Whenever you yield the trail, practice “the Fruita Lean”. Pull as far over to the side of the trail as possible and stop. Put your outside foot down off the trail by a few inches and lean your bike to the side to clear as much of the trail as possible. This method gives space and helps protect the vegetation around trails.
There are some exceptions to the rules about yielding on single-use and directional mountain bike trails. Be sure to know the trail code where you ride so you can respect the local rules and keep everyone safe.
Be aware of your surroundings. Some trails have a poor line of sight and blind corners. Always assume there might be someone just out of eyesight or around the corner. Proceed with caution and make sure you are always in control of your speed.
Make sure you can hear what is going on around you. It is unsafe to ride with earphones in or music blaring from your phone or speakers and it may disturb other people who are also out enjoying the trail.
Be aware of wildlife in the area, particularly if the trail runs through pasture land or other places with a lot of animals. In some regions, causing cattle to run or unnecessarily disturbing wildlife are serious offenses with penalties attached. Be aware of who is on the trail and what is going on around the trail, too.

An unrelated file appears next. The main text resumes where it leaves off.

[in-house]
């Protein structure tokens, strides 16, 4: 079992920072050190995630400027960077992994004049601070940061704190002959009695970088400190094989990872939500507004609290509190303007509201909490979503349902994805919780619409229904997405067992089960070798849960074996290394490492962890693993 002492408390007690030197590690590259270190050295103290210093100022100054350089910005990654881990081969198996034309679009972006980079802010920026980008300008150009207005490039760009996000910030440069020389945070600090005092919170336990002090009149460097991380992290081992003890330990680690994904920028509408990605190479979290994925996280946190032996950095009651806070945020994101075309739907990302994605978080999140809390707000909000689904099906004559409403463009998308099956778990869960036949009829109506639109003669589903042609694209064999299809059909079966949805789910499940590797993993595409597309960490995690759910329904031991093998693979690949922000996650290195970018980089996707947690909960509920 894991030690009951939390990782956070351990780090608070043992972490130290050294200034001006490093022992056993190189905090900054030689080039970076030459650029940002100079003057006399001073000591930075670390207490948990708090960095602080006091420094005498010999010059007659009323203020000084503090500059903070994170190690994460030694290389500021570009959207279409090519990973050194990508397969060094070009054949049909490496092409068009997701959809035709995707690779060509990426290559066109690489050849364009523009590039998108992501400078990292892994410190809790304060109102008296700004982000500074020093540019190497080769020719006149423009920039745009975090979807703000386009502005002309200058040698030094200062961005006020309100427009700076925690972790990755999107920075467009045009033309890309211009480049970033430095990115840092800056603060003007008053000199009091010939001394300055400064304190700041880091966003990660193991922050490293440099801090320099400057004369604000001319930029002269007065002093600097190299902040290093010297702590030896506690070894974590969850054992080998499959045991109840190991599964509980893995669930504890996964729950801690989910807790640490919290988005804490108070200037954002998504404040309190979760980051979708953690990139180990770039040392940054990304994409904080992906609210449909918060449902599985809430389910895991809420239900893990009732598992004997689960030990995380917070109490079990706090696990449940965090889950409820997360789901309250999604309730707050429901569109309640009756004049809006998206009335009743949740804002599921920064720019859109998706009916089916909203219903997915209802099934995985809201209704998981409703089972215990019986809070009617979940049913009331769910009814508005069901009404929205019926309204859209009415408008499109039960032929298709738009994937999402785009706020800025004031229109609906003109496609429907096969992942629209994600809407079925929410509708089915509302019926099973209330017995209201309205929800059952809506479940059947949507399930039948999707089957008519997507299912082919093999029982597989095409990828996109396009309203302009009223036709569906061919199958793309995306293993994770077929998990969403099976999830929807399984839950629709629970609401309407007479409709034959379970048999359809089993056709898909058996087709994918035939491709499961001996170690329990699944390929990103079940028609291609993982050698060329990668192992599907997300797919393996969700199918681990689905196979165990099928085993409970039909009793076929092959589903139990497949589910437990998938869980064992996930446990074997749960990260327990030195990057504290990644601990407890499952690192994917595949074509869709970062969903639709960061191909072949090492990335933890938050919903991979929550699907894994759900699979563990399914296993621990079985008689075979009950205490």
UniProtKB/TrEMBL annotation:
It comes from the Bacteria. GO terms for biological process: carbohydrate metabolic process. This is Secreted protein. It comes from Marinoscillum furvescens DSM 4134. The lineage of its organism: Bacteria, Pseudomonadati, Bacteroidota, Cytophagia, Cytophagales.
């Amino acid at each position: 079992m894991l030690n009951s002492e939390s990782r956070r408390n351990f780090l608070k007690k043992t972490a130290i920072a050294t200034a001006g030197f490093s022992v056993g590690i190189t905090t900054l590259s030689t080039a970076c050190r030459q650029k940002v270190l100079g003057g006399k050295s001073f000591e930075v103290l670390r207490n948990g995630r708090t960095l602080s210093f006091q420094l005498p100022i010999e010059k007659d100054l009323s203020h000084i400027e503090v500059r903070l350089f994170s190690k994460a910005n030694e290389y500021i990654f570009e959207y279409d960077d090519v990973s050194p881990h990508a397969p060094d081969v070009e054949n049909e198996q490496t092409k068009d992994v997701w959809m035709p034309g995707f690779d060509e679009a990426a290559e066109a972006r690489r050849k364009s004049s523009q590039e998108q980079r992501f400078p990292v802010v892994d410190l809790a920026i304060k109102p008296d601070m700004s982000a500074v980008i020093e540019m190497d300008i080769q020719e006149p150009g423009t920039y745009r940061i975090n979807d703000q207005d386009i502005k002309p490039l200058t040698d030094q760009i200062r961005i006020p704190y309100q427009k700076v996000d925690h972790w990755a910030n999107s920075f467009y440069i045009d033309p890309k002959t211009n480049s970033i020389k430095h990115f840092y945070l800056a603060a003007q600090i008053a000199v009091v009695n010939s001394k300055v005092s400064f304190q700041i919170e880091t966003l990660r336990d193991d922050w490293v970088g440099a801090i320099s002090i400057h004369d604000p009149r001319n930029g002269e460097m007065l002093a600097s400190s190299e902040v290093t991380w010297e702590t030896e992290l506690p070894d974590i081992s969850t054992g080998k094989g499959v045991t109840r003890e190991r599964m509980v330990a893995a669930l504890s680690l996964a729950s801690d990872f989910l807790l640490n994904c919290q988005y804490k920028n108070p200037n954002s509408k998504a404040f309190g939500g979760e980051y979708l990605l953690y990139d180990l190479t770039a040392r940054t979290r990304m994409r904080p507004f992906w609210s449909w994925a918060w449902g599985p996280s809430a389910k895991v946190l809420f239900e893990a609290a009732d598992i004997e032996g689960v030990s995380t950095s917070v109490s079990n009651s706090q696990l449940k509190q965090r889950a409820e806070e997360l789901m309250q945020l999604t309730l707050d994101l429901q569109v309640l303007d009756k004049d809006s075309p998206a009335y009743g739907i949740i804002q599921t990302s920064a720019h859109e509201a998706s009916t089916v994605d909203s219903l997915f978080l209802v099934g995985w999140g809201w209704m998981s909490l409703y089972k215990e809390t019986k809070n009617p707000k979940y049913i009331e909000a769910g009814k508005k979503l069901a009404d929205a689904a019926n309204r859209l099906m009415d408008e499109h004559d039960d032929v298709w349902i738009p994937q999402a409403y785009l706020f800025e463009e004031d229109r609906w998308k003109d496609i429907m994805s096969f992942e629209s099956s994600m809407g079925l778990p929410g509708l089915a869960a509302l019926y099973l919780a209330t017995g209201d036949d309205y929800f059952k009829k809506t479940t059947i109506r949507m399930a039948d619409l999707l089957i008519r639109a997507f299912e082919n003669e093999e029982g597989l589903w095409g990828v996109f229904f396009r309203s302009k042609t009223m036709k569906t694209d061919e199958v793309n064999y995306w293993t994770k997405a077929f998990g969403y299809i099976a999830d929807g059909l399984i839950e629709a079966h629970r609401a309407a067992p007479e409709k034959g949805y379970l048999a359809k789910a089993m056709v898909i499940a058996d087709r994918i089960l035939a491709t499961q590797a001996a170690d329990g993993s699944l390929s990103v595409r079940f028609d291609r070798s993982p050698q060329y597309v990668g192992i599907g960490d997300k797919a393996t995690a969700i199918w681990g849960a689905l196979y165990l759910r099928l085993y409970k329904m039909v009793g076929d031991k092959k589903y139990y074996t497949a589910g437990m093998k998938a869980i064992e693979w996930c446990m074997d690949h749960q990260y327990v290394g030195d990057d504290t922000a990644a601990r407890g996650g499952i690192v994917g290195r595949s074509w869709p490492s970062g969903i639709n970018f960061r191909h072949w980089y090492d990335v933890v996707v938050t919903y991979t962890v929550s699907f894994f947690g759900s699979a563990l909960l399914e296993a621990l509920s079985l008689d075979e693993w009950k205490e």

Leave No Trace
Like any other venture into the backwoods, the rule of thumb is “leave no trace”. Stay on the trails. Pack out your trash—even “natural” trash like banana peels and apple cores. Tossing “natural” trash attracts wild animals to the trail. Not only is this trash unhealthy for the animals, over time they may become aggressive or a nuisance.
Plan ahead and be prepared
The mantra of every good Boy Scout and all mountain bikers is “be prepared and self-sufficient”. Always be prepared to fix a flat or make minor repairs. Tuck a spare inner tube, tire levers, pump (or air canisters), and an Allen key into your pack for any maintenance needs.
Always carry a trail map, especially when biking in new areas. Bring a snack, water, headlamp, and rain gear just in case. A small first aid kit is also a good idea. Share your ride plans with someone if you are heading out alone, or bring a friend along.
Lend a hand
Most trails are maintained by volunteers who give hundreds of hours of work to keep the local trails in great shape. Over time all trails suffer wear and tear so consider giving a little of your time and energy to maintaining the local trail systems. Volunteer days are actually fun social events and a great way to get together with fellow mountain bikers.
And, finally, lend a hand on the trail. Whether you see another rider go down in an unfortunate crash or pass someone fixing a flat, stop and check to make sure they’re ok. You never know when you might need a helping hand out on the trail someday.
Now you’re up to snuff on the basic mountain biking trail etiquette! Do you have any rules or etiquette to add? Share in the comments below.